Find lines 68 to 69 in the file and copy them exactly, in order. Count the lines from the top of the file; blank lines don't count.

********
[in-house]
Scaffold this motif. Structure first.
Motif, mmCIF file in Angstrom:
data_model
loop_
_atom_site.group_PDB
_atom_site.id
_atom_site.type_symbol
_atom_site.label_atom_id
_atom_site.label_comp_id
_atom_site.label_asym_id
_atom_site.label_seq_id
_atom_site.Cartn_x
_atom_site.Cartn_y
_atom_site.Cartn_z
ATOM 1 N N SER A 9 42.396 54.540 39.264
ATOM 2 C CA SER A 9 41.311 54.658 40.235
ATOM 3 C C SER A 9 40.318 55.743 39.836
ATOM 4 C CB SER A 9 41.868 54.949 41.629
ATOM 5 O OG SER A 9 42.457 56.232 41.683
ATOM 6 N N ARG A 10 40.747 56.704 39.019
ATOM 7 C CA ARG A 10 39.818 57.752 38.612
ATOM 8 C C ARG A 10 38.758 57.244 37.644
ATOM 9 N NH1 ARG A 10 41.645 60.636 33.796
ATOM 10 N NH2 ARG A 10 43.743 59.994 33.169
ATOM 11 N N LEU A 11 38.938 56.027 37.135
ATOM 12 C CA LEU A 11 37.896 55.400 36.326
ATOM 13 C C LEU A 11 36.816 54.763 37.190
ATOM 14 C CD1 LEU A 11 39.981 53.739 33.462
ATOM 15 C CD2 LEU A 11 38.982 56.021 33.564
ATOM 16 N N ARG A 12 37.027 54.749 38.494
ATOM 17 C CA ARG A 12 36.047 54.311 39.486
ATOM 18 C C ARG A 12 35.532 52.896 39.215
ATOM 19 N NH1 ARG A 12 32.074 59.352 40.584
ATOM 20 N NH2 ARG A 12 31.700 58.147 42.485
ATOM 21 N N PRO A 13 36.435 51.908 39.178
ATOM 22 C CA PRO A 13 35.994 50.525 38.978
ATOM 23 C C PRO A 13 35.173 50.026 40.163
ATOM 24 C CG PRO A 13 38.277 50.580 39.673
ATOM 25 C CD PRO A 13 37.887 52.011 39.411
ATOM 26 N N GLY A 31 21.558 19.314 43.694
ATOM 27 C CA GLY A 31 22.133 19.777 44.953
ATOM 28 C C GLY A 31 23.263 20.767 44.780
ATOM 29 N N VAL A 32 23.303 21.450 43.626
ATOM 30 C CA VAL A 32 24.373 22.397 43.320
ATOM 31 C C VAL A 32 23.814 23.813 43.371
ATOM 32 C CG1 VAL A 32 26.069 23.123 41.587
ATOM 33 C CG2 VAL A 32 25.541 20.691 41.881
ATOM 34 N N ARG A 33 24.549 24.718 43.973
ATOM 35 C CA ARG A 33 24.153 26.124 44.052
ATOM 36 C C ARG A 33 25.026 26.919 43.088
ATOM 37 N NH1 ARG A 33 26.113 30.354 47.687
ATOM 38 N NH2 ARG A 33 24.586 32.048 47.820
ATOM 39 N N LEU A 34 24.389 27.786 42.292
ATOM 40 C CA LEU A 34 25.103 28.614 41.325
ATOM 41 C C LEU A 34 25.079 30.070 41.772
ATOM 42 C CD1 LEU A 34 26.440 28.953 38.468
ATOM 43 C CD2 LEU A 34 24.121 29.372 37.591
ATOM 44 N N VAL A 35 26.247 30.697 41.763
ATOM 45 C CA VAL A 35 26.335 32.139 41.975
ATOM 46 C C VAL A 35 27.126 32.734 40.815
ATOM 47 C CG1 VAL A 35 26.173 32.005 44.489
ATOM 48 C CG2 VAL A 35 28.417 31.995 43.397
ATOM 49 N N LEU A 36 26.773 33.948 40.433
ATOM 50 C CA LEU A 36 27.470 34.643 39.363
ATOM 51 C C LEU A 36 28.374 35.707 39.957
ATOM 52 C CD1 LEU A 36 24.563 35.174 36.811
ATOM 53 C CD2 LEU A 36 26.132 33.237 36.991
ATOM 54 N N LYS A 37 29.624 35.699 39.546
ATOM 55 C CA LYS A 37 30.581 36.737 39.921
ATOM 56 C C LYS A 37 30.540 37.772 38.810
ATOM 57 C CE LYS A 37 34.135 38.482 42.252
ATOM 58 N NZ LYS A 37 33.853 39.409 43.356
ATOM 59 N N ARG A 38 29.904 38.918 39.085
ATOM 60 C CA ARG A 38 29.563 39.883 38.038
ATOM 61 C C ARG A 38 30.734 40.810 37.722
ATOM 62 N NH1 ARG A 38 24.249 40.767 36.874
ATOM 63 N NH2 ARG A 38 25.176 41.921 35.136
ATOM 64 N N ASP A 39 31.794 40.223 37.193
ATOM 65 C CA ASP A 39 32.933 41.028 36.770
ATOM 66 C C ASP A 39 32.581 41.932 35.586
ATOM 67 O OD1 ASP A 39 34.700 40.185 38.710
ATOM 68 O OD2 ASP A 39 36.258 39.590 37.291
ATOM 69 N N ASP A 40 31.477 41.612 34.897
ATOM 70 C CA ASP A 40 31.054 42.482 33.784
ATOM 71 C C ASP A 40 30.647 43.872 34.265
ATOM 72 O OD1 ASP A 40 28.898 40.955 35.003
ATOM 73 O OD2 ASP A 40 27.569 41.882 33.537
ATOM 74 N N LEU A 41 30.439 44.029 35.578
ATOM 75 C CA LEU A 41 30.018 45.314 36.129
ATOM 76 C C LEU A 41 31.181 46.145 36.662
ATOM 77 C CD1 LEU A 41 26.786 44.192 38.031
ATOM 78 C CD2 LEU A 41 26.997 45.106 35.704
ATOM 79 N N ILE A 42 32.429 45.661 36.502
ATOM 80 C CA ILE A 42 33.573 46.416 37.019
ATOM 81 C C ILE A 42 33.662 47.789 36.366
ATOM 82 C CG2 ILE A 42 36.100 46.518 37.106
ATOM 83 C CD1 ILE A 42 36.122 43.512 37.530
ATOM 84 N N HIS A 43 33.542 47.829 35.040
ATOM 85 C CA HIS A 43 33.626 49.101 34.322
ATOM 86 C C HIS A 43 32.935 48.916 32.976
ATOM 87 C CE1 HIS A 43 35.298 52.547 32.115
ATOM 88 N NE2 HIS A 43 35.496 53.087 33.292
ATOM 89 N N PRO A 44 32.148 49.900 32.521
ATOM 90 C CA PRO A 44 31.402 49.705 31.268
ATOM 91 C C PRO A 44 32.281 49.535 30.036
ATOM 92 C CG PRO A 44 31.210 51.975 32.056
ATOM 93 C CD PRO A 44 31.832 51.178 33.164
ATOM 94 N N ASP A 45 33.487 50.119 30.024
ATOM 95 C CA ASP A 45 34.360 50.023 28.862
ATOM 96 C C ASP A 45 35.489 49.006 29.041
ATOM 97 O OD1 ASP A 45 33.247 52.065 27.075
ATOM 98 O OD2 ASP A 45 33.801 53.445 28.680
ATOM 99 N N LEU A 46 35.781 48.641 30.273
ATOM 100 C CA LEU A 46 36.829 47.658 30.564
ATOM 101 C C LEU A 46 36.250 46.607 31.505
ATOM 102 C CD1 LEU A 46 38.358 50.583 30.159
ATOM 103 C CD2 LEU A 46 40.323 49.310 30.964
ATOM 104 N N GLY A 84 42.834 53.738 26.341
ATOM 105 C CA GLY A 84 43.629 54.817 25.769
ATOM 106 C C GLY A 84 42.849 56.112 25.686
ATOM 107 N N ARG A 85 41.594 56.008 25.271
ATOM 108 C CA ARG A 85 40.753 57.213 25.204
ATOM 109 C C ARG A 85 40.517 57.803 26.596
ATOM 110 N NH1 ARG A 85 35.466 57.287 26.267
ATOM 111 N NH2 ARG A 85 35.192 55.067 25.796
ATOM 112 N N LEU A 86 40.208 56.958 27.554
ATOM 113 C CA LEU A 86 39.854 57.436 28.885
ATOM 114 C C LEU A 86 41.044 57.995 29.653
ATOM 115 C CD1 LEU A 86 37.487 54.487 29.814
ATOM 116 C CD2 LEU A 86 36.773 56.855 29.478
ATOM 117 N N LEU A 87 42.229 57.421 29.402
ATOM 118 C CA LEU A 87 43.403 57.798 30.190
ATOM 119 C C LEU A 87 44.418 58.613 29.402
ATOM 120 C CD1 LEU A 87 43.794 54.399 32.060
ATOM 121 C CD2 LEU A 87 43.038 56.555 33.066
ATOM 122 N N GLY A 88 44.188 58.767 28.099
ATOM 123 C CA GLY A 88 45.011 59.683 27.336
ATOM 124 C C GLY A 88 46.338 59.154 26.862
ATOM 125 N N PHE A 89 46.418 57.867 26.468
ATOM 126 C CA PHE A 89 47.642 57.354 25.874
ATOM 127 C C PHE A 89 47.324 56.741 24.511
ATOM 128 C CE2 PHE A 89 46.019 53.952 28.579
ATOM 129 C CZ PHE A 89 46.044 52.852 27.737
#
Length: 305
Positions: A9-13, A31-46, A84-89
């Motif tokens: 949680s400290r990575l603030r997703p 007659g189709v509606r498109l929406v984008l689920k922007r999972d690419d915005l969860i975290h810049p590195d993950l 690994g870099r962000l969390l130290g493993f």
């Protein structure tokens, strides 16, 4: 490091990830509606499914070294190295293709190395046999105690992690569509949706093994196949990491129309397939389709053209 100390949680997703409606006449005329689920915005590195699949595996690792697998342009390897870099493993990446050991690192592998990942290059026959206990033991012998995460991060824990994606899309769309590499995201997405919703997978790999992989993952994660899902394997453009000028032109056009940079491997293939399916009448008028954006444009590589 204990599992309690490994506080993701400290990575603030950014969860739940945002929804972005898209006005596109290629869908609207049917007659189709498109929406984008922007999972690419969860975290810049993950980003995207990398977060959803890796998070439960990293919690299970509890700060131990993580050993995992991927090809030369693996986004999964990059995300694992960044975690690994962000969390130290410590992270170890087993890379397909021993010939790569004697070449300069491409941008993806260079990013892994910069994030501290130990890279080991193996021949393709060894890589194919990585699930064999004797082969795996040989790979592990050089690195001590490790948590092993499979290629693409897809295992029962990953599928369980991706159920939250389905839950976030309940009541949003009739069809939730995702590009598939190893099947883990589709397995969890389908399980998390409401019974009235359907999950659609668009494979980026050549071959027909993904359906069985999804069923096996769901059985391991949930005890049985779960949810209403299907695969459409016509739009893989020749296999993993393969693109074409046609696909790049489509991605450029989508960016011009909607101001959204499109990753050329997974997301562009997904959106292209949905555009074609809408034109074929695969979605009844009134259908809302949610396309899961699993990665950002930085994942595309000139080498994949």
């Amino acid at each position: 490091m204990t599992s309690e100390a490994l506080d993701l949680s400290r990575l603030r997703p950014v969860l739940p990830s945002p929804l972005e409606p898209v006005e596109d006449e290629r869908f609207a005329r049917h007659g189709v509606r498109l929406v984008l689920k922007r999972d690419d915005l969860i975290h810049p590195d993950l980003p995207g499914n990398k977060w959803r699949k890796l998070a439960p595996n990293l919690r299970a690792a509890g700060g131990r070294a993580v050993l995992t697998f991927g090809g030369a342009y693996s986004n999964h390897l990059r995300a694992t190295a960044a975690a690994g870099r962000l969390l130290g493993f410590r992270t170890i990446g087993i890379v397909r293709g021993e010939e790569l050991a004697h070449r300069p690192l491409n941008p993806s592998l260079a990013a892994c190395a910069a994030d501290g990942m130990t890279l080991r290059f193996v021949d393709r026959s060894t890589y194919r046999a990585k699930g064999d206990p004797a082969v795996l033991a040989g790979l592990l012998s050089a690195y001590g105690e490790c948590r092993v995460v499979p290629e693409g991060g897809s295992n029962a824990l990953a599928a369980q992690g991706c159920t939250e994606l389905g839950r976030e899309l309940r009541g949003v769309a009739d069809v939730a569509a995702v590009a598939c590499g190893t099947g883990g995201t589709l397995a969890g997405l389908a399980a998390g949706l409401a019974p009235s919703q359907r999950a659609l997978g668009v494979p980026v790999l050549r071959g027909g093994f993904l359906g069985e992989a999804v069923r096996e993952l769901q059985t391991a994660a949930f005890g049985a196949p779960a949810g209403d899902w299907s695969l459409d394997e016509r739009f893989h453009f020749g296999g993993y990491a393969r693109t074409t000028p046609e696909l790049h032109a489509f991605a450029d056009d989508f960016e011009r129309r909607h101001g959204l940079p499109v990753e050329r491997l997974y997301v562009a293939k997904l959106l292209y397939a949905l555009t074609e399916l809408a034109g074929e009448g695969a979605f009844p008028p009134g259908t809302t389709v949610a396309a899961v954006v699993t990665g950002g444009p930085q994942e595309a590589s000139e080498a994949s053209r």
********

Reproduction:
ATOM 53 C CD2 LEU A 36 26.132 33.237 36.991
ATOM 54 N N LYS A 37 29.624 35.699 39.546